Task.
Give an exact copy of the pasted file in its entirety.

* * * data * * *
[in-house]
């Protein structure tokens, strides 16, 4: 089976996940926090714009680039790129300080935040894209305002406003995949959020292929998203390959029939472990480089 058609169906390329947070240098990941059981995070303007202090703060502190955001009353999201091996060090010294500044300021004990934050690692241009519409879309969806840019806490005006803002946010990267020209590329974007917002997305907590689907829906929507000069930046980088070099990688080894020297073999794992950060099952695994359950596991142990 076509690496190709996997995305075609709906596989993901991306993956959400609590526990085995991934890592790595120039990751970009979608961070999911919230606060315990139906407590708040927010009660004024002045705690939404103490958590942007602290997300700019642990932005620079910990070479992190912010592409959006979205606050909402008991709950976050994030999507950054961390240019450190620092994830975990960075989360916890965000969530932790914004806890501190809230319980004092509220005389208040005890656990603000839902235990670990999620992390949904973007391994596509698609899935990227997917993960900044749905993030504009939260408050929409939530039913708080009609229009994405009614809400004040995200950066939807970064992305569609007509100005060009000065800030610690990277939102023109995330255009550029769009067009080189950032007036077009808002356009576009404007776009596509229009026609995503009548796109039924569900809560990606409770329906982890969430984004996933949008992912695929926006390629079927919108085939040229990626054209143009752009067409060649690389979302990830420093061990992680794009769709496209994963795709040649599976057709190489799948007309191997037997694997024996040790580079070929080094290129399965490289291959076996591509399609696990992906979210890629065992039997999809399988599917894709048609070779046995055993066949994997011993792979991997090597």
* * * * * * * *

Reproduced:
[in-house]
């Protein structure tokens, strides 16, 4: 089976996940926090714009680039790129300080935040894209305002406003995949959020292929998203390959029939472990480089 058609169906390329947070240098990941059981995070303007202090703060502190955001009353999201091996060090010294500044300021004990934050690692241009519409879309969806840019806490005006803002946010990267020209590329974007917002997305907590689907829906929507000069930046980088070099990688080894020297073999794992950060099952695994359950596991142990 076509690496190709996997995305075609709906596989993901991306993956959400609590526990085995991934890592790595120039990751970009979608961070999911919230606060315990139906407590708040927010009660004024002045705690939404103490958590942007602290997300700019642990932005620079910990070479992190912010592409959006979205606050909402008991709950976050994030999507950054961390240019450190620092994830975990960075989360916890965000969530932790914004806890501190809230319980004092509220005389208040005890656990603000839902235990670990999620992390949904973007391994596509698609899935990227997917993960900044749905993030504009939260408050929409939530039913708080009609229009994405009614809400004040995200950066939807970064992305569609007509100005060009000065800030610690990277939102023109995330255009550029769009067009080189950032007036077009808002356009576009404007776009596509229009026609995503009548796109039924569900809560990606409770329906982890969430984004996933949008992912695929926006390629079927919108085939040229990626054209143009752009067409060649690389979302990830420093061990992680794009769709496209994963795709040649599976057709190489799948007309191997037997694997024996040790580079070929080094290129399965490289291959076996591509399609696990992906979210890629065992039997999809399988599917894709048609070779046995055993066949994997011993792979991997090597």